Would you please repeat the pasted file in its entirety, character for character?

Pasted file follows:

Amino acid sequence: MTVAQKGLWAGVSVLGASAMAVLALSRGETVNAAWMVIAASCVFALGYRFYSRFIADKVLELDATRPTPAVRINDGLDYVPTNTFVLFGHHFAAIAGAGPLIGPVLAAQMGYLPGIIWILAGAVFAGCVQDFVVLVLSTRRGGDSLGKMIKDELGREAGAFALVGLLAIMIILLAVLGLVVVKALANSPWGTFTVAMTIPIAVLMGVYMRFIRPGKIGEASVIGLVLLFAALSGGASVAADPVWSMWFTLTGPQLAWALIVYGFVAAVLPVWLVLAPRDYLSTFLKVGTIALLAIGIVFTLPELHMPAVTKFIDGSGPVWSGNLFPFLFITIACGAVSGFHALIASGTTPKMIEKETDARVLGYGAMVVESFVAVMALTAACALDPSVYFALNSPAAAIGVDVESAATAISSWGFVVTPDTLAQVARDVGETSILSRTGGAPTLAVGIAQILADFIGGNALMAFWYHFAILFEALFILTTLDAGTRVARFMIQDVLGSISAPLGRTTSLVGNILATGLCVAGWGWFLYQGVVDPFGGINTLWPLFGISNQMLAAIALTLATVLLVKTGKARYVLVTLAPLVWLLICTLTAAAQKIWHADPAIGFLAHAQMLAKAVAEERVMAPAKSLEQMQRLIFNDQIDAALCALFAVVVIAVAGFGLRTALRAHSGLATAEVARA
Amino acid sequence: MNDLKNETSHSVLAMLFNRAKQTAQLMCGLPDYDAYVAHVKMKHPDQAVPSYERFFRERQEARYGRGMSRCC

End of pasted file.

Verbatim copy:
Amino acid sequence: MTVAQKGLWAGVSVLGASAMAVLALSRGETVNAAWMVIAASCVFALGYRFYSRFIADKVLELDATRPTPAVRINDGLDYVPTNTFVLFGHHFAAIAGAGPLIGPVLAAQMGYLPGIIWILAGAVFAGCVQDFVVLVLSTRRGGDSLGKMIKDELGREAGAFALVGLLAIMIILLAVLGLVVVKALANSPWGTFTVAMTIPIAVLMGVYMRFIRPGKIGEASVIGLVLLFAALSGGASVAADPVWSMWFTLTGPQLAWALIVYGFVAAVLPVWLVLAPRDYLSTFLKVGTIALLAIGIVFTLPELHMPAVTKFIDGSGPVWSGNLFPFLFITIACGAVSGFHALIASGTTPKMIEKETDARVLGYGAMVVESFVAVMALTAACALDPSVYFALNSPAAAIGVDVESAATAISSWGFVVTPDTLAQVARDVGETSILSRTGGAPTLAVGIAQILADFIGGNALMAFWYHFAILFEALFILTTLDAGTRVARFMIQDVLGSISAPLGRTTSLVGNILATGLCVAGWGWFLYQGVVDPFGGINTLWPLFGISNQMLAAIALTLATVLLVKTGKARYVLVTLAPLVWLLICTLTAAAQKIWHADPAIGFLAHAQMLAKAVAEERVMAPAKSLEQMQRLIFNDQIDAALCALFAVVVIAVAGFGLRTALRAHSGLATAEVARA
Amino acid sequence: MNDLKNETSHSVLAMLFNRAKQTAQLMCGLPDYDAYVAHVKMKHPDQAVPSYERFFRERQEARYGRGMSRCC